Saturday, November 30, 2019

OFF-WORLD NEWS November, 2019

Our Twentieth Anniversary
Keeping You Up-To-Date on All Things Blade Runner


OFF-WORLD NEWS started out as a newsletter back in 1999 as a part of the Blade Runner fansite BladeZone created by Gerry Kissell. It was sent via email every month -- or more -- as news rolled in about anything Blade Runner-related. When signing up with OFF-WORLD NEWS, you were alerted of special events happening around the globe that pertained to Blade Runner; such as screenings, interviews, tours, and news items. And you were also alerted when there were any new articles posted on the BladeZone website.

At its inception, there was a team of Blade Runner fans who worked on the OFF-WORLD NEWS. In addition to its creator, and News and PR Manager, Gerry Kissell, there were; News Manager, Aaron Brinkley; Analysis Editor, Tor Inge Skaar; Proof Editor, Shirley LeVasseur. And later in 2001, News Manager, Richard Gunn.


In 2007, I revived the then inactive OFF-WORLD NEWS. [By that time, any site updates and Blade Runner-related news and events were posted on their main page under the heading, 'BladeZone News and Features', as they continue to do to this day.] I changed the format and moved it over to the Yahoo! Groups. Email alerts could still be sent, but it was also a place on the web where all the news could be aggregated, stored, and viewed at one's leisure without necessarily having to subscribe via email. In 2009, OFF-WORLD NEWS joined the twittersphere! Then, in 2010, the OFF-WORLD NEWS transitioned over to the blogosphere, where it currently resides, retiring the Yahoo! Group. Not only was the format more palatable on the blog, but it enabled you to subscribe via email, RSS, or Google Friend Connect (until Google retired the latter in 2016). And then, to begin 2012, OFF-WORLD NEWS found a home on Google+ to share the news with fellow googlers (until Google, yet again, retired that social network in early 2019).   

One of the features I developed for the blog was what I called the 'OFF-WORLD News Digest'. In it, I included (usually new) material, and official Blade Runner-related news, followed by articles, art, music, fanfiction, poetry, videos, podcasts, and miscellaneous. Any breaking news or special articles I continued to feature on its own. But, in recent years, I primarily followed the news digest format. 

I've seen things... 

The OFF-WORLD NEWS has featured some amazing work over the years. I'm still blown away by how much talent and creativity the Blade Runner fandom has. This movie has been rendered in the visual arts; in painting, sculpting, computer animation, architectural designs, and even fashion design. There has been BR-inspired music, live theatre productions, dance recitals, and home video productions. And fans across the web have kept the story of 'Rick Deckard and Company' alive in fanfiction. The discussions -- first documented in early fanzines from the '80s, and web forums online in the '90s, to Facebook groups presently -- continues to grow and develop to this day.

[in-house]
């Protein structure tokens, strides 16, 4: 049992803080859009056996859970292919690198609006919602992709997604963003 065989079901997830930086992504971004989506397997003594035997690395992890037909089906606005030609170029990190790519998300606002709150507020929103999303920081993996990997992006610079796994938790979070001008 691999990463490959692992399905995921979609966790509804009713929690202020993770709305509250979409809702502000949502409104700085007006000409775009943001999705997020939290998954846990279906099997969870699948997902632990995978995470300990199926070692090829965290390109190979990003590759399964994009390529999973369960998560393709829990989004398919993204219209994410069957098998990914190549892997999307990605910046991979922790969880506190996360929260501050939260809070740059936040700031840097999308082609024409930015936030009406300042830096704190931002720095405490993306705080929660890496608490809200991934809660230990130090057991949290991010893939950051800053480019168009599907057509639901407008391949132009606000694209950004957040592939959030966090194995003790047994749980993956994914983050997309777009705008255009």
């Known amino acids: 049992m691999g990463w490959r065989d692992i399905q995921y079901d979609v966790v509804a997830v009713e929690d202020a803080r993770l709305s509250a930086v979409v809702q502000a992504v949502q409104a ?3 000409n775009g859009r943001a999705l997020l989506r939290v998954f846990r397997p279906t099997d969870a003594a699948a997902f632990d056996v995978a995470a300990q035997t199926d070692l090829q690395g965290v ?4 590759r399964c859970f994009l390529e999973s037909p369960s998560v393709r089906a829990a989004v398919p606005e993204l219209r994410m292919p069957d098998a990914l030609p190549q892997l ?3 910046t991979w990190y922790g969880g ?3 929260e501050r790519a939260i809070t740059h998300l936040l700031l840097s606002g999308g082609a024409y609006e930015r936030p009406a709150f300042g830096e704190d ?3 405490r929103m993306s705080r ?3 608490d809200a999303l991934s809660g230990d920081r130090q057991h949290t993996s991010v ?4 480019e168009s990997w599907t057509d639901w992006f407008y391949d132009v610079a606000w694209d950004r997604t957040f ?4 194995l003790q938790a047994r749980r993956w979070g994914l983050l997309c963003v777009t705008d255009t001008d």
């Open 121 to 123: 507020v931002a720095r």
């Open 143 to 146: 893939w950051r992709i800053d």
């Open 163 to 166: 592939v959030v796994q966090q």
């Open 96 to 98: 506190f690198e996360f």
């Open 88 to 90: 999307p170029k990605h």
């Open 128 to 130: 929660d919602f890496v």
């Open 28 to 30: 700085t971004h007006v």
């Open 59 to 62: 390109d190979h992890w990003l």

And fans have re-created many of the props seen in the movie, such as the Voight-Kampff machine, the Blaster, unicorn origami, and models of the Spinner, and action figures. [Not to mention sought-after items, like Deckard's Scotch whiskey glass; and made-up objects, like "The Snake Pit" matchbook, and vid-phon card.] And we mustn't forget the blimp-inspired props and art.

There are simply too many highlights to mention that have been featured in the OFF-WORLD NEWS over the years. From talks of a sequel to the infamous Director's Cut. The release of Paul Sammon's "Future Noir: The Making of Blade Runner". Westwood's Blade Runner computer game. The arduous journey putting together The Final Cut. Not to mention the beautiful art, music, articles, fan films, and fanfiction that came out of the Blade Runner fandom.


Below is the earliest OFF-WORLD NEWS that I have. It was from October 5, 1999. I am afraid that the email account that I used at the time is no longer active. So, I no longer have access to them. I just happened to have this one hard copy (click on image to enhance).

Rich Gunn happened to have some of OFF-WORLD NEWS archived and was kind enough to share them. They are from February 11, 2001 - December 30, 2002, from his time as News Manager. HERE is a link to view the pdf files.

Time to Die

Unlike its humble beginning -- the Nexus-1 series of this newsletter, if you will -- there was no team working on this generation of OFF-WORLD NEWS. There was only one -- me. The research, review, and assembly took a lot of time and effort. I am proud of the work I have done with this blog; presented an informative news digest, and shared all the amazing creativity of fellow Blade Runner fans to the readership of this blog. However, it has come to the point where I need to focus my thoughts and energy on other things. Besides, sharing any Blade Runner-related news and all the creative outpouring from its fandom, which has increased immensely since the original Blade Runner movie -- thanks in part to Blade Runner 2049 (its sequel), Blade Runner 2019 (comic book series), and the upcoming Blade Runner — Black Lotus (anime series) -- has become redundant. For example, information spreads very quickly via Facebook. It has gotten so bad that things are posted over many Blade Runner fan groups, so that, if you're a member of a number of these groups, you get multiple postings on your timeline of the same thing! A lot of repetitiveness and recirculation all around. Even if there were others involved with this blog now, you'd still have this problem. Thus making this endeavour a waste of effort, IMHO.